Find the article on the “Public Affairs Articles” webpage.

Scope of Practice

Vaccine Administration under Utah Medical Assisting Law

On March 10, 2022, the Utah legislature amended Section 58-67-102 of the Utah statutes to permit medical assistants to administer vaccines under general physician supervision rather than indirect supervision. Note the following definitions from the Utah Administrative Code:

(b) “Indirect supervision” means the supervising licensee:

 (i) has given either written or verbal instructions to the person being supervised;

 (ii) is present within the facility in which the person being supervised is providing services; and

 (iii) is available to provide immediate face-to-face communication with the person being supervised as necessary.

(c) “General supervision” means that the supervising licensee:

(i) has authorized the work to be performed by the person being supervised;

(ii) is available for consultation with the person being supervised by personal face-to-face contact, or direct voice contact by telephone, radio or some other means, without regard to whether the supervising licensee is located on the same premises as the person being supervised; and

(iii) can provide any necessary consultation within a reasonable period of time and personal contact is routine.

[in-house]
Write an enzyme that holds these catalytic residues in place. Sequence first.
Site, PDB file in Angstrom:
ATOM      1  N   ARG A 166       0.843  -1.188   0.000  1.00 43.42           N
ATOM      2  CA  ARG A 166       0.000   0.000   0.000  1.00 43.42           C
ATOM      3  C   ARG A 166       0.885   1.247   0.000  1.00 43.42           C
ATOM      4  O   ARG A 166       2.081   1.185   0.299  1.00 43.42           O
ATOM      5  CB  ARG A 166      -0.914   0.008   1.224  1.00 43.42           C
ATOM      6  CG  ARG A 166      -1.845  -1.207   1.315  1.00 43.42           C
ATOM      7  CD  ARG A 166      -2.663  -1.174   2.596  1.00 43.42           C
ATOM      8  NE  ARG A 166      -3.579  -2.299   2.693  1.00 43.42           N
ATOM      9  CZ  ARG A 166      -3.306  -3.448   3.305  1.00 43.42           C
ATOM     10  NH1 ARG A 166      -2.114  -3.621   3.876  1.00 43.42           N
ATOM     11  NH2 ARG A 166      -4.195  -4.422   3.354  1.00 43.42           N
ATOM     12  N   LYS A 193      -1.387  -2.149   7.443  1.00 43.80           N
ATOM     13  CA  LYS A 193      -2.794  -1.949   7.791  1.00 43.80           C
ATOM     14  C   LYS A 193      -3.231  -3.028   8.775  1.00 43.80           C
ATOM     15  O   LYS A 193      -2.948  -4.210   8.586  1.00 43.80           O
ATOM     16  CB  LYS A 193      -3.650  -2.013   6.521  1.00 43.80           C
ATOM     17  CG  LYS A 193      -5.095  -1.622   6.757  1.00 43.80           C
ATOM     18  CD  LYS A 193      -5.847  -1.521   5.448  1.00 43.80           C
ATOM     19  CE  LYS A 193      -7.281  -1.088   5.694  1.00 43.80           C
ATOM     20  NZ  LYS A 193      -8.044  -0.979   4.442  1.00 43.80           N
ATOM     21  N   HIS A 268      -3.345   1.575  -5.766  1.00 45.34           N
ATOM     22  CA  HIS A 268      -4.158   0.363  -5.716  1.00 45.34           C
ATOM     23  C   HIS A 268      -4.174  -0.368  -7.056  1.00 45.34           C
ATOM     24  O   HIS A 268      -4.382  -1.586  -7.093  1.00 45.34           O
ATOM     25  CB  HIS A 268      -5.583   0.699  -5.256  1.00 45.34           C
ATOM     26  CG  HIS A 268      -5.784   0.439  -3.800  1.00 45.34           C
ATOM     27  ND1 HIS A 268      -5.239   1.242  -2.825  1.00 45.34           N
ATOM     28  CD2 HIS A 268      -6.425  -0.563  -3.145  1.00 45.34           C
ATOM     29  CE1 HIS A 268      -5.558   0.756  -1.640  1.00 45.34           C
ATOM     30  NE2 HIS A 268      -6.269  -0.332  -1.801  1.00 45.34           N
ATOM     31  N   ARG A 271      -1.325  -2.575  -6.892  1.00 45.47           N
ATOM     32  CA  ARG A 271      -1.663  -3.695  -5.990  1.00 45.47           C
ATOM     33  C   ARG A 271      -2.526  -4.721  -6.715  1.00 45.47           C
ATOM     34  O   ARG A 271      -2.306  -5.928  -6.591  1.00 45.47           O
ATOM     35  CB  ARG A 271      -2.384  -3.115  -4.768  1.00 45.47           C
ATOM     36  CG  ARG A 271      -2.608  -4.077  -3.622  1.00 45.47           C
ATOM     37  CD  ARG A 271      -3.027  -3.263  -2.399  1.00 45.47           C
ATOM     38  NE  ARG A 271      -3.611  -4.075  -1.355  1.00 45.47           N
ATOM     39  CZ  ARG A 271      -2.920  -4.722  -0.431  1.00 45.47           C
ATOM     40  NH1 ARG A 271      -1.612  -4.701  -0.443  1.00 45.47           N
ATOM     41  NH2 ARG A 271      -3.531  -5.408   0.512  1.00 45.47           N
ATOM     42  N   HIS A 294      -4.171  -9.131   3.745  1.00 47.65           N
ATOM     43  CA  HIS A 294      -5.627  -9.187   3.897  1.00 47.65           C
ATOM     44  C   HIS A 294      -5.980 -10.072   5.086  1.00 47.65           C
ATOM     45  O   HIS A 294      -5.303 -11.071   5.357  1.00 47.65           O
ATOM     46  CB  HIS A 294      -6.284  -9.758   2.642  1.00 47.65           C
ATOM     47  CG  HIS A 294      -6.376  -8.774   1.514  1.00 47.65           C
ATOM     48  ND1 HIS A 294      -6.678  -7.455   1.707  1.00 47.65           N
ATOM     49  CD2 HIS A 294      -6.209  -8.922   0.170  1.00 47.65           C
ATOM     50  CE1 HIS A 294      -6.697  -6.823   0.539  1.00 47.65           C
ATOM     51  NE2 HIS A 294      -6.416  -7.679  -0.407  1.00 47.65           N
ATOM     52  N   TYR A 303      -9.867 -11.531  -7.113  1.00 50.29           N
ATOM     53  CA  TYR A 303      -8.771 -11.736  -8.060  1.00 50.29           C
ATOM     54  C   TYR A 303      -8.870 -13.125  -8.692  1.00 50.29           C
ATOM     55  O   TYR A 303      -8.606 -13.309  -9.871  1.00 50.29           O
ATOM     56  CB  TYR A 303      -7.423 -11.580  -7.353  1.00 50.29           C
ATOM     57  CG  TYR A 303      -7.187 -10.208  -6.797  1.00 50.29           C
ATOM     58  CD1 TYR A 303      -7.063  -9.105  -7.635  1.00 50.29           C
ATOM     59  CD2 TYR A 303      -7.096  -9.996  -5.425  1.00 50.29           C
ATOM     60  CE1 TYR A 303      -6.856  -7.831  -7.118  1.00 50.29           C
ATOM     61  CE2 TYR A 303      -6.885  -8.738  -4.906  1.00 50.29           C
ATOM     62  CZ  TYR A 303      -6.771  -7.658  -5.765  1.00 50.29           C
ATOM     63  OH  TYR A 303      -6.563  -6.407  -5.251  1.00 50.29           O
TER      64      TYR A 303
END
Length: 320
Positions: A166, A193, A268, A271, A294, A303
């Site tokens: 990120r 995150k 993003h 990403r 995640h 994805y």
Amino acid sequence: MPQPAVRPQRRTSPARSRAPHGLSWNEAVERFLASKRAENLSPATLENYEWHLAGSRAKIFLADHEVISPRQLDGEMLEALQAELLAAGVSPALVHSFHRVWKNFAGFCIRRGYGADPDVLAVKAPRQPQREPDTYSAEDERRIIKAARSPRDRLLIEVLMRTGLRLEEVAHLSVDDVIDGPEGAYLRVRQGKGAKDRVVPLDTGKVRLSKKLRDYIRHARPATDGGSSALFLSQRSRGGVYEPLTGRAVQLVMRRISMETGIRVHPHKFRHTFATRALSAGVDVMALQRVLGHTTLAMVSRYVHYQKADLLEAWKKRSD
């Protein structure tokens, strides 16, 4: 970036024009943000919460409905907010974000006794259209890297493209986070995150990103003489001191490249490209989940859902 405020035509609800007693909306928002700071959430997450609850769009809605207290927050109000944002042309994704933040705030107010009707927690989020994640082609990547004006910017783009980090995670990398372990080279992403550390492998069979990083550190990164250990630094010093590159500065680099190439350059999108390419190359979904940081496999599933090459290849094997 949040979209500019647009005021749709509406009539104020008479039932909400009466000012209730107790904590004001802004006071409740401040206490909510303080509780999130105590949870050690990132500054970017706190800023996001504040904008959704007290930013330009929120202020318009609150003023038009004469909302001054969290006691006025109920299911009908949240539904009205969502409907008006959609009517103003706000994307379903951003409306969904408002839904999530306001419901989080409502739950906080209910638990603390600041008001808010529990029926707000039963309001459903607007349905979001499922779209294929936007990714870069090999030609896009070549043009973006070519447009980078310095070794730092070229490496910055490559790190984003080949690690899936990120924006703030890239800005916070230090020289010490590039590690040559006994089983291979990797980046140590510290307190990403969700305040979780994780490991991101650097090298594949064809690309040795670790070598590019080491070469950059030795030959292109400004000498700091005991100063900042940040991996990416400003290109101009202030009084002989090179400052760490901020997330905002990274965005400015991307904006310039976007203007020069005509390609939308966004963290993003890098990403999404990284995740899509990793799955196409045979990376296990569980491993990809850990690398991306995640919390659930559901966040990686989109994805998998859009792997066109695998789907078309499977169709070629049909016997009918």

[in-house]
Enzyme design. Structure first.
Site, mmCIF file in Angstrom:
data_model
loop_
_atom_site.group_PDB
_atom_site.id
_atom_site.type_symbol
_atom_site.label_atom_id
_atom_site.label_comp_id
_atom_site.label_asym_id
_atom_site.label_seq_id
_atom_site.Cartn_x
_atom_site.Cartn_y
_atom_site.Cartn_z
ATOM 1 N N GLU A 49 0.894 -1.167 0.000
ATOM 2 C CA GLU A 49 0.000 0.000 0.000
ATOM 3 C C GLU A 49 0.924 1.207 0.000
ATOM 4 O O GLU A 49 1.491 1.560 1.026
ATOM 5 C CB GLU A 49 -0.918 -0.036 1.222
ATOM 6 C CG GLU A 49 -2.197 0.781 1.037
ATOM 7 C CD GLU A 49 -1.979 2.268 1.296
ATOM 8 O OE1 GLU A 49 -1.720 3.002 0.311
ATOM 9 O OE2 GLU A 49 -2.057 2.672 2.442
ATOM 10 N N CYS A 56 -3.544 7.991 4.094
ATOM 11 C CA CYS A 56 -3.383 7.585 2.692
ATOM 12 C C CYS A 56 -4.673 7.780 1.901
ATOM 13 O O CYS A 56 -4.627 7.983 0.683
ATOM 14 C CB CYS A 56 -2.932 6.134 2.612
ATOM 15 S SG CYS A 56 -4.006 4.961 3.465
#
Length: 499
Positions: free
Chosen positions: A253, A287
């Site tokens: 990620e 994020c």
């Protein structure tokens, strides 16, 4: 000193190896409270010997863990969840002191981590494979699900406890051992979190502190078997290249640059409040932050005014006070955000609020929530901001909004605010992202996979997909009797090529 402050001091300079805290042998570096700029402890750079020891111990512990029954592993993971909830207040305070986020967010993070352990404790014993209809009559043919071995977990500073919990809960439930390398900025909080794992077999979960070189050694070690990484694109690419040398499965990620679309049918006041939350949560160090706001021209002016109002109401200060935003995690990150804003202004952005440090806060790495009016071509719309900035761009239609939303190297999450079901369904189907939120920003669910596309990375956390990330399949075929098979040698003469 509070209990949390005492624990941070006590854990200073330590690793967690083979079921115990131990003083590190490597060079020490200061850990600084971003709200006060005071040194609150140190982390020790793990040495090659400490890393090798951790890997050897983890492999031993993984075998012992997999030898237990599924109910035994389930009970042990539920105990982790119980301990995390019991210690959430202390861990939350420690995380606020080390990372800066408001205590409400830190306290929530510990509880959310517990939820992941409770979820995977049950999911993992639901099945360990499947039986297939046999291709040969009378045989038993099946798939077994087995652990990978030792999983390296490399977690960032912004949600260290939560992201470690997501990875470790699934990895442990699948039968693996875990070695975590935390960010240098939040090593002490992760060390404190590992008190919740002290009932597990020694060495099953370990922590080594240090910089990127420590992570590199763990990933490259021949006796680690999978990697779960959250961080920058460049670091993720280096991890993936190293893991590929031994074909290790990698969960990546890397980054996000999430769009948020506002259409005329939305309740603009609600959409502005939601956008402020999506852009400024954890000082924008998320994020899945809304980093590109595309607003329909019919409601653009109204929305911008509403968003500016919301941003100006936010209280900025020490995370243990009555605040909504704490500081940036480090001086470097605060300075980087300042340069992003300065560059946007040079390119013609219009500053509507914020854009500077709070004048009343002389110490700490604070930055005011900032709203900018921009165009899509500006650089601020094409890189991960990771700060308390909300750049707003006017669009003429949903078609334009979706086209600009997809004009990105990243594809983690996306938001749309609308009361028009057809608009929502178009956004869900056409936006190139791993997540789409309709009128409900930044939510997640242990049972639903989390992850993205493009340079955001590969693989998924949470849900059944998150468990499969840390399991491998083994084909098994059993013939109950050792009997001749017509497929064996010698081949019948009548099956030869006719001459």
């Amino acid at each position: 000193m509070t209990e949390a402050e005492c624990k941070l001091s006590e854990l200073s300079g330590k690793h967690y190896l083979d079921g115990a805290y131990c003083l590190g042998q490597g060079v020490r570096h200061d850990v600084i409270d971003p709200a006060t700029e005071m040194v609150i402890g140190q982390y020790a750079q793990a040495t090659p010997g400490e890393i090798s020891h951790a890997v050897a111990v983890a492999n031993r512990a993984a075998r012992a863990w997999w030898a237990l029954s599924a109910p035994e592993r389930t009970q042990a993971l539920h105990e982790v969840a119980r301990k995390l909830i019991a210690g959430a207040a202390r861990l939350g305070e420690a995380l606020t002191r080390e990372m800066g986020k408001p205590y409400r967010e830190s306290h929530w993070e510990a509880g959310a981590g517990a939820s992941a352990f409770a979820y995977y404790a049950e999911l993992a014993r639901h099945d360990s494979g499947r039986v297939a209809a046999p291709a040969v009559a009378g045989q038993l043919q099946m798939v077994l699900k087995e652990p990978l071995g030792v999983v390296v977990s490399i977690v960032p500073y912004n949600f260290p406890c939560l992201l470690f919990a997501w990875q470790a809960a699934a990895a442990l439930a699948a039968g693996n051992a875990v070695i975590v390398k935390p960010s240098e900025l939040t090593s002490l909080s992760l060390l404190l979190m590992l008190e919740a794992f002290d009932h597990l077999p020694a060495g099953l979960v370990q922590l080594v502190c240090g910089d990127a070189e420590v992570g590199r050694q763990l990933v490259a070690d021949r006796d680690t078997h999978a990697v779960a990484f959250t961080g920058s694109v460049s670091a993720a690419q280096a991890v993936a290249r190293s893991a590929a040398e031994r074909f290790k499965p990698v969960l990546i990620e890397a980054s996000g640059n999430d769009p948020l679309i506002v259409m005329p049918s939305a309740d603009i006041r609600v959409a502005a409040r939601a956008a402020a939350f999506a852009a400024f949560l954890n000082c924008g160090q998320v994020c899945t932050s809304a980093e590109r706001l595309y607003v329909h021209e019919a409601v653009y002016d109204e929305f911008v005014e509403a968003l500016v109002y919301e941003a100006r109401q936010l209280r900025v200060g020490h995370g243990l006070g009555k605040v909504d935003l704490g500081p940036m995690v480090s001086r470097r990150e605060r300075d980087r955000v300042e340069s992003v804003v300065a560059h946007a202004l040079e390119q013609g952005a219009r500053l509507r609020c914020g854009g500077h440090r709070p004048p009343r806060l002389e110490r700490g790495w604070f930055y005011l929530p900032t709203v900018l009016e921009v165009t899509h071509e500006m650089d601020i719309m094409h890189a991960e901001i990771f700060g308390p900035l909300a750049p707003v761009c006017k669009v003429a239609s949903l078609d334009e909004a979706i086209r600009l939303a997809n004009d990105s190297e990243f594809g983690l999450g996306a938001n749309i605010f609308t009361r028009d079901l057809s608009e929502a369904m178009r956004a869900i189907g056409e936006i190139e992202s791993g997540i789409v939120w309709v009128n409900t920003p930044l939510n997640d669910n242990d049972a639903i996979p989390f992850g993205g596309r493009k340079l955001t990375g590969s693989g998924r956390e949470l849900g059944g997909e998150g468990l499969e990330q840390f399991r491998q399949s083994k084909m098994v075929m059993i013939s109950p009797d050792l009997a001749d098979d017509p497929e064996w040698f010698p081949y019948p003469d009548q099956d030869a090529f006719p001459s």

delegation, Scope of Practice

New Mexico Supervision Requirements for Medical Assistants

I recently received a question from a health officer in New Mexico who wanted to know whether a nurse practitioner can supervise a medical assistant without a physician on-site.

The “State Scope of Practice Laws” webpage on the AAMA website provides information on medical assisting–related laws of 49 states, including New Mexico. The second document in the “New Mexico” section, an excerpt from New Mexico Board of Nursing regulations, classifies medical assistants as unlicensed professionals under the New Mexico nursing law.

My legal opinion is that New Mexico nursing law permits advanced practice registered nurses, including nurse practitioners, to delegate to unlicensed professionals—such as medical assistants working under their supervision—tasks that do not require the exercise of independent clinical judgment or the making of clinical assessments or evaluations. Note the following language from the regulations of the New Mexico Board of Nursing

B. The nurse shall assign/delegate to licensed and unlicensed persons only those nursing actions which that person is prepared, qualified or licensed or certified to perform.

(1) The nurse is accountable for assessing the situation and is responsible for the decision to delegate or make the assignment.

(2) The delegating nurse is accountable for each activity delegated, for supervising the delegated function or activity, and for assessing the outcome of the delegated function or activity.